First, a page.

Due to medical advances, the number of Chinese living with leprosy has declined dramatically, but the struggles and stories of earlier generations of patients must be preserved.
The causes and pathology of leprosy — also known as Hansen’s disease — were for centuries shrouded in mystery, superstition, and fear. A bacterial infection that can cause inflammation of the nerves, skin, and eyes, leprosy was long thought to be both incurable and highly contagious. Such is the stigma surrounding the disease that even the very word “leper” conjures up images of exclusion and isolation, of people ravaged by disease languishing in colonies at the very edges of society.
Such prejudices — and the remote settlements they spawned — can sometimes seem like relics of a more medically primitive era. After all, the advent and widespread application of multidrug therapy a few decades ago finally gave those diagnosed with leprosy access to a quick and effective cure. Yet no drug can restore lost limbs or remove scar tissue, much less undo the damage wrought by centuries of discrimination. As a result, leper colonies continue to fulfill an important function in many countries. As late as 2011, for example, China’s national network of leprosy clinics, hospitals, and so-called leprosy villages were home to a total population of about 20,000.
However, this number is likely to shrink in the coming years, as more leprosy villages are abandoned or merged and their longtime residents pass away. For decades, social stigma and a sense of fear combined to isolate and marginalize thousands of Chinese living with leprosy. Now may be our last chance to right this wrong and finally give these individuals an opportunity to have their voices heard. That is why the organization I work for, the Youyingji Documentary Studio, has spent the past four years filming and documenting the stories of the remaining leprosy village residents. To date, we have conducted interviews with 60 leprosy survivors from 20 leprosy villages located across the southern province of Guangdong.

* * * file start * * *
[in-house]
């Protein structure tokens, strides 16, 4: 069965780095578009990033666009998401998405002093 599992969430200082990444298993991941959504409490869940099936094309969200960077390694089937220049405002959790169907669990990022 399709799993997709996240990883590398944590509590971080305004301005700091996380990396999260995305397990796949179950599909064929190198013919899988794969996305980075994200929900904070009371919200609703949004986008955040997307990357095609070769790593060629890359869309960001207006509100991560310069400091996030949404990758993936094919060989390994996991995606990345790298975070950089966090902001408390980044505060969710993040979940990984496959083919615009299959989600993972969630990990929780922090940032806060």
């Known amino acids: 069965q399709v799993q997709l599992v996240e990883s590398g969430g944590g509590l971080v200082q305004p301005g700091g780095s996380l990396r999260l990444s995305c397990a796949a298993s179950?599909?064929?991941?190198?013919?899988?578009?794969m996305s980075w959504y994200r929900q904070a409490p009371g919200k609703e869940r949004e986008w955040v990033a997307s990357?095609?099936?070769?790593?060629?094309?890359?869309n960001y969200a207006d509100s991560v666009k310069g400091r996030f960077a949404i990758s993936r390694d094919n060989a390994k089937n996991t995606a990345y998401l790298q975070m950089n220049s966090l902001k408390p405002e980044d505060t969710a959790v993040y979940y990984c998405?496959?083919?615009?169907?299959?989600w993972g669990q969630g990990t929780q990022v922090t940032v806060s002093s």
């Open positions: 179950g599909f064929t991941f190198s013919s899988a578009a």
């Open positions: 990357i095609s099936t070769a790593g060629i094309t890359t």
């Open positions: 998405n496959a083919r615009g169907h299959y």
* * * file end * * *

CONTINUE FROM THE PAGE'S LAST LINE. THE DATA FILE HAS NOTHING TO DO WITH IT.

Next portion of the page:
Shortly after the People’s Republic of China was founded in 1949, the government began investing in new public health programs, including some targeted at treating and preventing leprosy. By the end of 1980, there were 1,199 leprosy hospitals, prevention stations, and villages throughout the country.
Not every resident of these colonies — which were generally located on remote mountains or islands — was there of their own free will, however, and conditions varied widely between sites. Typically, the state provided residents with leprosy drugs free of charge, but otherwise all those able to work for their keep were expected to do so, with some of the larger leprosy villages even building and operating candy or brick factories. At the same time, medical supplies and trained practitioners were often in short supply. So was food, especially during periods of upheaval and famine, such as those in the 1960s. As a result, lesions and other symptoms of the disease frequently went untreated, and the villagers suffered through periodic food shortages.
After 1982, when multidrug therapy came into common use, things began to change for the better. The treatment effectively obviated the need for the long-term isolation of leprosy villages. Yet residual effects of the disease, such as facial and limb deformities, combined with the superstitious belief that leprosy was the result of either bad conduct in a previous life or sexual promiscuity in the current one, continued to mark former patients, despite their having been cured. For many of them, it was common — and remains so today, especially among longtime residents — to choose to stay in leprosy villages, even after their recovery.